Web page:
Edward J. REYNOLDS, Petitioner,
UNITED STATES POSTAL SERVICE, Respondent.
United States Court of Appeals, Federal Circuit.
Feb. 15, 1995.
Rehearing Denied April 12, 1995.
48 F.3d 1237
NOTICE: Federal Circuit Local Rule 47.6(b) states that opinions and orders which are designated as not citable as precedent shall not be employed or cited as precedent. This does not preclude assertion of issues of claim preclusion, issue preclusion, judicial estoppel, law of the case or the like based on a decision of the Court rendered in a nonprecedential opinion or order.
64 M.S.P.R. 221.
Before RICH, MAYER, and CLEVENGER, Circuit Judges.
RICH, Circuit Judge.
Edward J. Reynolds (petitioner) seeks review of the April 12, 1994 Initial Decision of the Merit Systems Protection Board (Board), which became final August 30, 1994 upon refusal of the full Board to review, Docket No. AT-0752-94-0215-I-1, which affirmed the United States Postal Service's (agency) decision to remove petitioner from the position he held as a Mail Processing Equipment Mechanic, PS-06, at the General Mail Facility in Miami, Florida. We affirm.
Petitioner was removed based on a charge of conduct unbecoming a postal employee, specifically, submitting falsified documents to justify an absence. Petitioner sought to convert four hours his supervisor had submitted as absent without leave (AWOL) to approved leave by means of falsified documents showing that he had a doctor's appointment. Petitioner was removed and appealed the removal to the Board. Following a hearing before the Administrative Judge (AJ), she affirmed the agency's removal action. After the full Board refused review, petitioner appealed to this court.
Our review of Board decisions is defined and limited by statute. We will affirm the Board's decision unless it is:
(1) arbitrary, capricious, an abuse of discretion, or otherwise not in accordance with law;
(2) obtained without procedures required by law, rule, or regulation having been followed; or
(3) unsupported by substantial evidence.
5 U.S.C. Sec. 7703(c) (1988).
On appeal, petitioner contends that the AJ, in contravention of the Federal Rules of Evidence (FRE), failed to admit into evidence "several facts, witnesses and exhibits which were crucial" to his case. Specifically, petitioner contends that the evidence not admitted by the AJ showed that petitioner's supervisor, Rosado, was "on a crusade against" him.
Procedural matters relative to discovery and evidentiary issues fall within the sound discretion of the Board and its officials. Curtin v. Office of Personnel Management, 846 F.2d 1373, 1378 (Fed.Cir.1988). See 5 C.F.R. Sec. 1201.41(a) and (b) (1994). Accordingly, this court will not overturn the Board on such matters unless an abuse of discretion is clear and harmful. Curtin, 846 F.2d at 1378 (citation omitted). For petitioner to prevail on these issues he must prove that the error caused substantial harm or prejudice to his rights which could have affected the outcome of his case. Id at 1379 (citations omitted). See 5 C.F.R. Sec. 1201.56(b)(1) (1994) and 5 U.S.C. Sec. 7701(c)(2)(A) (1988).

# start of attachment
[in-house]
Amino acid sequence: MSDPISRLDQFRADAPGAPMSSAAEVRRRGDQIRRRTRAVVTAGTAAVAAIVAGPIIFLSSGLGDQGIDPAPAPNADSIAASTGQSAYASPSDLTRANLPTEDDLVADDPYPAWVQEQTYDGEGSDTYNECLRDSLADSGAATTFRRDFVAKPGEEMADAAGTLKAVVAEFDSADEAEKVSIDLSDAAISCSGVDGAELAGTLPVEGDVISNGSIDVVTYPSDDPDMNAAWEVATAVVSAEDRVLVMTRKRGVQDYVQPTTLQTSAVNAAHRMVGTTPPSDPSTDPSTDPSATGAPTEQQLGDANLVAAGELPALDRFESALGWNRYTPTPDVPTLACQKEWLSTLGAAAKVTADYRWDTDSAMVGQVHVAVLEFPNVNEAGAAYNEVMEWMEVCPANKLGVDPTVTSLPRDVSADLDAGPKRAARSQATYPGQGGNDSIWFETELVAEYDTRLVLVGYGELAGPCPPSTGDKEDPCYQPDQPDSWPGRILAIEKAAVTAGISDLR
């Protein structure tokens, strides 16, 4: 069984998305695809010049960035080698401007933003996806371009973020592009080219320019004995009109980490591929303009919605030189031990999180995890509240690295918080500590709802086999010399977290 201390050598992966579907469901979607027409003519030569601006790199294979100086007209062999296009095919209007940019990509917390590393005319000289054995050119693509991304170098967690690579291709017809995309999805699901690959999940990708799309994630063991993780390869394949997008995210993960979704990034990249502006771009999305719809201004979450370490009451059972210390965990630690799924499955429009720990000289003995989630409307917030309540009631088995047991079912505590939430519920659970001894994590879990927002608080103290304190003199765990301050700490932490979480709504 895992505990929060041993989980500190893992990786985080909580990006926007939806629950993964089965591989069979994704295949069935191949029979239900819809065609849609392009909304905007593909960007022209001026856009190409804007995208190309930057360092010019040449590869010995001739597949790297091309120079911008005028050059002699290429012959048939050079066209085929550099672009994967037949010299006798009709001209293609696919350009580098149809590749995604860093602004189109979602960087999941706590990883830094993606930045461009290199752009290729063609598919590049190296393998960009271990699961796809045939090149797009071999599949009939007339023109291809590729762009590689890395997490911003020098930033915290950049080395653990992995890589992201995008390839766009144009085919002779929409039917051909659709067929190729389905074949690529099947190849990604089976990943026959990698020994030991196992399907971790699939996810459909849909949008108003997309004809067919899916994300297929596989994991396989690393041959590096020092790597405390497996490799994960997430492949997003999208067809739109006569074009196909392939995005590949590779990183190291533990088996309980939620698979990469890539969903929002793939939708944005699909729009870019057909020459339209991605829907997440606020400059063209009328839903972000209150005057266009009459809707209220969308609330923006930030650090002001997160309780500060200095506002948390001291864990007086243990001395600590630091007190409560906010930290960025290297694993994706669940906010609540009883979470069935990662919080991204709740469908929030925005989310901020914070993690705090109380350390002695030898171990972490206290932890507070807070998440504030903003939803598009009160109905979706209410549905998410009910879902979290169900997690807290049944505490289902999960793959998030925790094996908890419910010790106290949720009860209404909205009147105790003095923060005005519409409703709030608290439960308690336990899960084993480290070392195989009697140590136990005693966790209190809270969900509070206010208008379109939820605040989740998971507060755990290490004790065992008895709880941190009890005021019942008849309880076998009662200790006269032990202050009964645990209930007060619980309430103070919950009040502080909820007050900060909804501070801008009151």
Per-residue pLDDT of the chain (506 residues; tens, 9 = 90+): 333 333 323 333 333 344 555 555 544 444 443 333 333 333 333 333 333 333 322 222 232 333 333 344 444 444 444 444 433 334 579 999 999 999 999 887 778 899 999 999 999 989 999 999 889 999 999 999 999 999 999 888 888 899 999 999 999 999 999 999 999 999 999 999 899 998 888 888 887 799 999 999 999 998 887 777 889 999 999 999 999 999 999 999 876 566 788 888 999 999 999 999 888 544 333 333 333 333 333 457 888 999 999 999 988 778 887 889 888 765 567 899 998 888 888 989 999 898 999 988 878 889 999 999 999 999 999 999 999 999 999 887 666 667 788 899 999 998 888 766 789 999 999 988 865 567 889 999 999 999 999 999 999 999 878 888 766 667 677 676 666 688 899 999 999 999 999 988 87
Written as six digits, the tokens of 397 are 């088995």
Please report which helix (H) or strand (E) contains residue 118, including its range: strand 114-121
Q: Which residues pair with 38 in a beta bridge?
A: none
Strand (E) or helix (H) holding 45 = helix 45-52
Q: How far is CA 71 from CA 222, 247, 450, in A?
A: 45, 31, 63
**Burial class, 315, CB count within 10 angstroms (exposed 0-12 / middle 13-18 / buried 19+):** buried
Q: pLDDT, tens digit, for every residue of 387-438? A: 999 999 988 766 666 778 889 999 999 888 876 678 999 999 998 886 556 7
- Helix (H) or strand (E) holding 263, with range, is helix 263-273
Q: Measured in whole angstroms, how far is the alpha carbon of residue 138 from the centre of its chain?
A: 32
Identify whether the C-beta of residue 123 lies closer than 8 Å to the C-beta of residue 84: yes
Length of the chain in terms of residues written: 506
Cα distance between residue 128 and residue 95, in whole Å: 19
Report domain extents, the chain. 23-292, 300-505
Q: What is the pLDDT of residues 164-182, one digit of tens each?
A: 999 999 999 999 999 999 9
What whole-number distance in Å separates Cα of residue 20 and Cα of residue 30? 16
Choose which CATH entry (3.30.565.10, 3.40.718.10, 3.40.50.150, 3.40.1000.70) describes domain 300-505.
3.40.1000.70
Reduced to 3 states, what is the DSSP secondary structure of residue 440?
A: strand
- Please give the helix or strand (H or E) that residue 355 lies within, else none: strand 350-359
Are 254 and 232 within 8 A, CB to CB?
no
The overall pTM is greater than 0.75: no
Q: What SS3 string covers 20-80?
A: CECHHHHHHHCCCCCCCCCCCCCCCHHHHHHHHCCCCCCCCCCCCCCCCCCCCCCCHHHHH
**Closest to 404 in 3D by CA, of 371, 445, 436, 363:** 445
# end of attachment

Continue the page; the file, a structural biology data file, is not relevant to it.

From our review of the record, it is clear that any erroneous evidentiary rulings by the AJ, if there were any, could not have changed the outcome of this case. Therefore, petitioner has not met his burden of proving that the AJ's evidentiary rulings were an abuse of discretion that was both clear and harmful.
Petitioner next contends that the AJ's decision was in error because she credited certain testimony of Rosado and discredited petitioner's testimony. The AJ's determinations of the credibility of witnesses are "virtually unreviewable" by this court. Hambsch v. Department of the Treasury, 796 F.2d 430, 436 (Fed.Cir.1986). Moreover, findings that turn on credibility are upheld unless the quality and weight of the evidence are such that no reasonable trier of fact could have, on the evidence adduced, reach the conclusion that was reached. See Kumferman v. Department of the Navy, 785 F.2d 286, 290 (Fed.Cir.1986).
From the record before us, it is apparent that the AJ's credibility determinations must be upheld because the conclusions reached by the AJ were not unreasonable.
Finally, petitioner contends that he has been denied due process because he was suspended without a hearing in September, 1993. Petitioner maintains that all proceedings thereafter were null and void. However, the AJ in an Order dated February 24, 1994 correctly found that petitioner was suspended only for a period less than that required to vest jurisdiction in the Board. 5 U.S.C. Sec. 7512 (1988). The Board did not have jurisdiction to hear the above suspension. Neither does this court.